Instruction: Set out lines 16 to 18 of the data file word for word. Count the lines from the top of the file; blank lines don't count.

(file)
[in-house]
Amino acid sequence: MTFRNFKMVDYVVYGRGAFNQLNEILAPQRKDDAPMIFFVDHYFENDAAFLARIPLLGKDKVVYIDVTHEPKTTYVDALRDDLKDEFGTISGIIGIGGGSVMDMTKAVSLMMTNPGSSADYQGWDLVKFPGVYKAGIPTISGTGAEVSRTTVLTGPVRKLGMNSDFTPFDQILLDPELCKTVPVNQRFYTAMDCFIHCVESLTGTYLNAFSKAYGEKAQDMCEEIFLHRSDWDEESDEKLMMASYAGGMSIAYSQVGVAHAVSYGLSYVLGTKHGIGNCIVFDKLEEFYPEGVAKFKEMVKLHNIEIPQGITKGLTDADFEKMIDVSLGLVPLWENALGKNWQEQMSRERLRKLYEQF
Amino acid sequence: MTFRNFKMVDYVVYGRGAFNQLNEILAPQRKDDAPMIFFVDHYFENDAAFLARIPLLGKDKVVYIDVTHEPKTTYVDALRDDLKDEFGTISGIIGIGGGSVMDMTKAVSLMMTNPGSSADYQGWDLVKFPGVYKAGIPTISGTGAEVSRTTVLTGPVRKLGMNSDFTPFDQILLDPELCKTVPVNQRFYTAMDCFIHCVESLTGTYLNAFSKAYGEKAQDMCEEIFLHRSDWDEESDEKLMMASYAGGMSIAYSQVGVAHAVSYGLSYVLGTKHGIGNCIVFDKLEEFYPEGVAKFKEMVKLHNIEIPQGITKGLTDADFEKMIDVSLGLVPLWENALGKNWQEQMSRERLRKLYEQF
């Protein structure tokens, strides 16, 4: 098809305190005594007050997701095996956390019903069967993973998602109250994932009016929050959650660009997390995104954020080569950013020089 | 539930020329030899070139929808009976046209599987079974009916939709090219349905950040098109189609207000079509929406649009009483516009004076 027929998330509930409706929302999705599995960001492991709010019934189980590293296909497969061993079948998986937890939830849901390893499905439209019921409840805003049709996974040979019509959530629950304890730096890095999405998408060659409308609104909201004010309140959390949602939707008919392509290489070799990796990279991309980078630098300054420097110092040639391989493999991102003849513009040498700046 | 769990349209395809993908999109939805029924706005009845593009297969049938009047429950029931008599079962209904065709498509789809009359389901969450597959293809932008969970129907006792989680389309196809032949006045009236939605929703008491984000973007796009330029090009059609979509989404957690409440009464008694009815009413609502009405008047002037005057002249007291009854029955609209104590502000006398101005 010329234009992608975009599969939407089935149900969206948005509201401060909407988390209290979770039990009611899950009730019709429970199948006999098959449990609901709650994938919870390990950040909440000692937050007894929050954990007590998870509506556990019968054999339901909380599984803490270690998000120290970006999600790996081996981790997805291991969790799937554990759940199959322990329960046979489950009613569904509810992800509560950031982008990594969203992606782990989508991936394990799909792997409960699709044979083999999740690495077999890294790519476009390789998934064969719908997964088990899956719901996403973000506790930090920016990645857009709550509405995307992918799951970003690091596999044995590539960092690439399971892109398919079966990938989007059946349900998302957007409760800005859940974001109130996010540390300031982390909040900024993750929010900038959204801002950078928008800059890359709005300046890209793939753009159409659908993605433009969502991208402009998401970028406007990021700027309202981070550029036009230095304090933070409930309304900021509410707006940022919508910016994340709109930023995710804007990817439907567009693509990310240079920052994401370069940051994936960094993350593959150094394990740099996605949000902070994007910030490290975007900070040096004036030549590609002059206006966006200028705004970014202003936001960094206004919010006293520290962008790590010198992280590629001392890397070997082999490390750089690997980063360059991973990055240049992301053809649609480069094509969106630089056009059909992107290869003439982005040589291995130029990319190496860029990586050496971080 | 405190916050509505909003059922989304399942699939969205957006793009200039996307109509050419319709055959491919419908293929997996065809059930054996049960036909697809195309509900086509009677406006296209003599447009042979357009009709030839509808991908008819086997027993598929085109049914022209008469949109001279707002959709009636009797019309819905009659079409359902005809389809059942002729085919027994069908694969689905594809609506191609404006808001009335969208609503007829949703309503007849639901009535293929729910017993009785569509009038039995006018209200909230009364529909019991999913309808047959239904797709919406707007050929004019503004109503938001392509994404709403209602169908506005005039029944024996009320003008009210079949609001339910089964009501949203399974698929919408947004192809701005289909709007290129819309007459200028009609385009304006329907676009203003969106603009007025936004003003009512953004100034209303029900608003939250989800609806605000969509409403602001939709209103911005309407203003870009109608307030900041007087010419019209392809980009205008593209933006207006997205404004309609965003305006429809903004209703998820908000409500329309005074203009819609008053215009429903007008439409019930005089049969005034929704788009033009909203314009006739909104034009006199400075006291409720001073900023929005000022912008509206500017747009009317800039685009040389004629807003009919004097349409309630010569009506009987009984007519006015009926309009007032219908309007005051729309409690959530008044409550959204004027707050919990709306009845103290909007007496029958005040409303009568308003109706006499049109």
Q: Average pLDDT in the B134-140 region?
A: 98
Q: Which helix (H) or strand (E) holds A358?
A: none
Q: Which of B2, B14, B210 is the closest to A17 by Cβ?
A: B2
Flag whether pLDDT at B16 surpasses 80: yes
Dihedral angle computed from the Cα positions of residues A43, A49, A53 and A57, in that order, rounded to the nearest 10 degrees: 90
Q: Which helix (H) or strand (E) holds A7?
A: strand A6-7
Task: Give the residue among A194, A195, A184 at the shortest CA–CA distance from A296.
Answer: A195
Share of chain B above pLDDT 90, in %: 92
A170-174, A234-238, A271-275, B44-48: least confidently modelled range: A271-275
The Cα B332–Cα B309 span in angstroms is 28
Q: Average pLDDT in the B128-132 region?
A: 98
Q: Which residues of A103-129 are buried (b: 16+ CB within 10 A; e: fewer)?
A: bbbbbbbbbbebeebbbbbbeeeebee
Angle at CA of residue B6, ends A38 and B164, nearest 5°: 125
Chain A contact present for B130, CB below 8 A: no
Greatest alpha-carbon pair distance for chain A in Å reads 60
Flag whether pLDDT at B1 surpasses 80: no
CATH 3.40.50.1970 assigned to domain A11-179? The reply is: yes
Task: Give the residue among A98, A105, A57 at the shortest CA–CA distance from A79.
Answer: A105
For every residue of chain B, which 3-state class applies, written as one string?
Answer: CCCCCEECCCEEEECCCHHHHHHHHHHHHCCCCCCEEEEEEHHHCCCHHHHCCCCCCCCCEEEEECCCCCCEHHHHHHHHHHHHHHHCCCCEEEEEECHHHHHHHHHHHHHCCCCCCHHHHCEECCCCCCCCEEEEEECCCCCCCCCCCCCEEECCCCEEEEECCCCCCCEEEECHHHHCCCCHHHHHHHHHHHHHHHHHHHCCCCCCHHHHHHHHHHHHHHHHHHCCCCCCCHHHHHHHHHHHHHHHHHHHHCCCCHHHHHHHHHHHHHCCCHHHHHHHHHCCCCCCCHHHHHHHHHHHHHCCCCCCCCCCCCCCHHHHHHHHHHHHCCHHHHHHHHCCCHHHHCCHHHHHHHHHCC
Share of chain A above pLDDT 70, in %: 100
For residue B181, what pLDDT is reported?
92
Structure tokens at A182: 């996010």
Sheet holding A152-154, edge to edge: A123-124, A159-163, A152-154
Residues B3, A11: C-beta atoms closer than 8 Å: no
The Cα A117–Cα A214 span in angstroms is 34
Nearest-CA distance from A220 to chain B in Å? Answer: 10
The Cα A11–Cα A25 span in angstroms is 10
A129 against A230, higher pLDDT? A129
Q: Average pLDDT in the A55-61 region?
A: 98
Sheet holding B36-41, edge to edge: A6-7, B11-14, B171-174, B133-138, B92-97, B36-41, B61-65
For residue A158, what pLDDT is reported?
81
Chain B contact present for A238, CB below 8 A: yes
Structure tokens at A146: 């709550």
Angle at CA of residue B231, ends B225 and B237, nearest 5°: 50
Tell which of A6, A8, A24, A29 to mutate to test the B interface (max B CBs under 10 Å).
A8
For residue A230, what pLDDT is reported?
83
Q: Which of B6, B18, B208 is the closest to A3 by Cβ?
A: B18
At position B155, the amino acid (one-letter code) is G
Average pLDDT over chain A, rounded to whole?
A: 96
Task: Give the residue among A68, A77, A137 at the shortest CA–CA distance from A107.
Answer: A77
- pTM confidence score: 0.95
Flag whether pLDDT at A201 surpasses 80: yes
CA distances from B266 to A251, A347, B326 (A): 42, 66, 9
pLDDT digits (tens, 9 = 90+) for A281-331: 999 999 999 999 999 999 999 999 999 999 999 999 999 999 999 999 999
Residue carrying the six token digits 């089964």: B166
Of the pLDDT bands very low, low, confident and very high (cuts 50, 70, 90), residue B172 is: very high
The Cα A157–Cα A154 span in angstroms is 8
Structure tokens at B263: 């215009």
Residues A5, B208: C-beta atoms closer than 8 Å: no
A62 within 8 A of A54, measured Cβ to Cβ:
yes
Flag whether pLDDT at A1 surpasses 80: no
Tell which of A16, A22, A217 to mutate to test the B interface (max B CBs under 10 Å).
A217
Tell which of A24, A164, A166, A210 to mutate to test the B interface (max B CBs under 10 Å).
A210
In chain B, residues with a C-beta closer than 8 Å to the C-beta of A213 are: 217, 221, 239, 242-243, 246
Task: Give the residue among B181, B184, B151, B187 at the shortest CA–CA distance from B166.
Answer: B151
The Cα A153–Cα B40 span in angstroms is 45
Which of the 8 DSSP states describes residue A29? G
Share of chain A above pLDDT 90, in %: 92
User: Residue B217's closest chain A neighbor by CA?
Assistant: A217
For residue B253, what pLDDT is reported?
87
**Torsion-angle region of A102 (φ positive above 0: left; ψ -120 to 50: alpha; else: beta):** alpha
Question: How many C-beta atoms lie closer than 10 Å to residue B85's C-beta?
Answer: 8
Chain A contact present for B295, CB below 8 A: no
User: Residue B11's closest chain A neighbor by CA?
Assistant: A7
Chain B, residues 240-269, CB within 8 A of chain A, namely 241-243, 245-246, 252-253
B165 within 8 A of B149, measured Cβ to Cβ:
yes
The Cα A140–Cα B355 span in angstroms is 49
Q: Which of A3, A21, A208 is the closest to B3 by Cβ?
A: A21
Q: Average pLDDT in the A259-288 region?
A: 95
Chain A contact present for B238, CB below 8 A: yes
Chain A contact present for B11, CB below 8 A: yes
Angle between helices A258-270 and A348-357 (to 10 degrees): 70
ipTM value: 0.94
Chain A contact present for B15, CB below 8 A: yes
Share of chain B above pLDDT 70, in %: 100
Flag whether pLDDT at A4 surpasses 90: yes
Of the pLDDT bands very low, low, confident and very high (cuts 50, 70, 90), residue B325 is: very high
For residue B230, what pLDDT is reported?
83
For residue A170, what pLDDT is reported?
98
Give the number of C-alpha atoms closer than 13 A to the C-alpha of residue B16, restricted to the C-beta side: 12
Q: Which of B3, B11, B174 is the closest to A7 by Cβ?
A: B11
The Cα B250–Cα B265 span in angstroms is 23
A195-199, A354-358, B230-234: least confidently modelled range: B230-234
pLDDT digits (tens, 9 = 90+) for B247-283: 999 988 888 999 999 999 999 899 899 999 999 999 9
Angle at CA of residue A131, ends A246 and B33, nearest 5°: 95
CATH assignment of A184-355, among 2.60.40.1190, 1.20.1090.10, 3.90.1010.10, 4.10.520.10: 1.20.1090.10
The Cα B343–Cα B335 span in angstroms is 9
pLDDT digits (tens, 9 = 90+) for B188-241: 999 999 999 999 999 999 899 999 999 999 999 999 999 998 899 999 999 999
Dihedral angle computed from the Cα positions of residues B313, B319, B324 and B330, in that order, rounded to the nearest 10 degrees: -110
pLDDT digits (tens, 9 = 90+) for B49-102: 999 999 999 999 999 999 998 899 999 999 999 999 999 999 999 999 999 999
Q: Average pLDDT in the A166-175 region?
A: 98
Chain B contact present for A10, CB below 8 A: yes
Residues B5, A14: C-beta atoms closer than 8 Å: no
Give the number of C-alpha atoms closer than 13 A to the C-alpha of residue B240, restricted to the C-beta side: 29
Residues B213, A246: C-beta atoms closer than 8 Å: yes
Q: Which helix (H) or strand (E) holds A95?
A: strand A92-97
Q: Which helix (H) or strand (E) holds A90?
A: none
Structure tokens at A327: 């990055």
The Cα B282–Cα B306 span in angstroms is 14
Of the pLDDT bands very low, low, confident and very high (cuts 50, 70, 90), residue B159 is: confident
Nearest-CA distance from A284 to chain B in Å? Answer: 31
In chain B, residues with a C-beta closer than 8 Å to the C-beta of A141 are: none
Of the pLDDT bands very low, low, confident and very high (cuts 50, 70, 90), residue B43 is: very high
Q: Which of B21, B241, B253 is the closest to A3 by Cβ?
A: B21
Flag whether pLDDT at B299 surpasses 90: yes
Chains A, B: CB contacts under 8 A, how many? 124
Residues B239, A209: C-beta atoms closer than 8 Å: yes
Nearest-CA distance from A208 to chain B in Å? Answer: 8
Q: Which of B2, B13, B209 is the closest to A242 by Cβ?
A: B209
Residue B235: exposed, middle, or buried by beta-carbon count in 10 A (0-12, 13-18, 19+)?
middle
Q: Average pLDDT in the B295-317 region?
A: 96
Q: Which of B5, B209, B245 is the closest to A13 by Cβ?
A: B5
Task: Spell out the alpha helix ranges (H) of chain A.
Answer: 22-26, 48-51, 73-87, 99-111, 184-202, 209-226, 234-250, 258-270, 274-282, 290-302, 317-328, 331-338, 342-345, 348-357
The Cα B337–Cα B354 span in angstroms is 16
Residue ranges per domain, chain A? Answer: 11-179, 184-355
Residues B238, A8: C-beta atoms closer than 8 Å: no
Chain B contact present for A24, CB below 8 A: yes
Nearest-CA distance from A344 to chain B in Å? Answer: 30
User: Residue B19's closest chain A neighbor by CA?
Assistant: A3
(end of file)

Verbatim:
Answer: A195
Share of chain B above pLDDT 90, in %: 92
A170-174, A234-238, A271-275, B44-48: least confidently modelled range: A271-275